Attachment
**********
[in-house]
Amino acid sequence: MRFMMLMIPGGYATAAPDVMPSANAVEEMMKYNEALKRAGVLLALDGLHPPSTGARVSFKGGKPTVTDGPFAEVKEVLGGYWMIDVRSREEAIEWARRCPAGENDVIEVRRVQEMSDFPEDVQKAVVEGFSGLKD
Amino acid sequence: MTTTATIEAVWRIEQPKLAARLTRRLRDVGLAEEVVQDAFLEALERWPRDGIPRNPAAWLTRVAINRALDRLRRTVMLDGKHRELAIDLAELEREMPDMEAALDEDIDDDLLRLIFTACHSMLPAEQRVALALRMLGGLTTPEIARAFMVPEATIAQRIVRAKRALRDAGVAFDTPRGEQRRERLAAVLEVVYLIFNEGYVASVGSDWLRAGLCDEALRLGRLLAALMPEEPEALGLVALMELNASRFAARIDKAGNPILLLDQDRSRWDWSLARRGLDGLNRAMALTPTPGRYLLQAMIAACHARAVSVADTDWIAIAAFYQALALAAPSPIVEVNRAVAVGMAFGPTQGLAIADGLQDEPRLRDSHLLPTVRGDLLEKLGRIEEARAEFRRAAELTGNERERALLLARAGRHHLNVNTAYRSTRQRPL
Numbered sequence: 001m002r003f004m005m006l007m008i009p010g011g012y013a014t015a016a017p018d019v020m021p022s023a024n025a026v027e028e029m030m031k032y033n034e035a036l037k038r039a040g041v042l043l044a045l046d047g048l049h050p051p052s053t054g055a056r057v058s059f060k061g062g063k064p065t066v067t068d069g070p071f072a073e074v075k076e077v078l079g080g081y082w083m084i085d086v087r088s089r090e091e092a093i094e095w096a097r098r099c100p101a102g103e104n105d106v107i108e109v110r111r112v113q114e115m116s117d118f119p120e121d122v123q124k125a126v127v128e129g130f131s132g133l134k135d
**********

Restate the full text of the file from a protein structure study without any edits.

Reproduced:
[in-house]
Amino acid sequence: MRFMMLMIPGGYATAAPDVMPSANAVEEMMKYNEALKRAGVLLALDGLHPPSTGARVSFKGGKPTVTDGPFAEVKEVLGGYWMIDVRSREEAIEWARRCPAGENDVIEVRRVQEMSDFPEDVQKAVVEGFSGLKD
Amino acid sequence: MTTTATIEAVWRIEQPKLAARLTRRLRDVGLAEEVVQDAFLEALERWPRDGIPRNPAAWLTRVAINRALDRLRRTVMLDGKHRELAIDLAELEREMPDMEAALDEDIDDDLLRLIFTACHSMLPAEQRVALALRMLGGLTTPEIARAFMVPEATIAQRIVRAKRALRDAGVAFDTPRGEQRRERLAAVLEVVYLIFNEGYVASVGSDWLRAGLCDEALRLGRLLAALMPEEPEALGLVALMELNASRFAARIDKAGNPILLLDQDRSRWDWSLARRGLDGLNRAMALTPTPGRYLLQAMIAACHARAVSVADTDWIAIAAFYQALALAAPSPIVEVNRAVAVGMAFGPTQGLAIADGLQDEPRLRDSHLLPTVRGDLLEKLGRIEEARAEFRRAAELTGNERERALLLARAGRHHLNVNTAYRSTRQRPL
Numbered sequence: 001m002r003f004m005m006l007m008i009p010g011g012y013a014t015a016a017p018d019v020m021p022s023a024n025a026v027e028e029m030m031k032y033n034e035a036l037k038r039a040g041v042l043l044a045l046d047g048l049h050p051p052s053t054g055a056r057v058s059f060k061g062g063k064p065t066v067t068d069g070p071f072a073e074v075k076e077v078l079g080g081y082w083m084i085d086v087r088s089r090e091e092a093i094e095w096a097r098r099c100p101a102g103e104n105d106v107i108e109v110r111r112v113q114e115m116s117d118f119p120e121d122v123q124k125a126v127v128e129g130f131s132g133l134k135d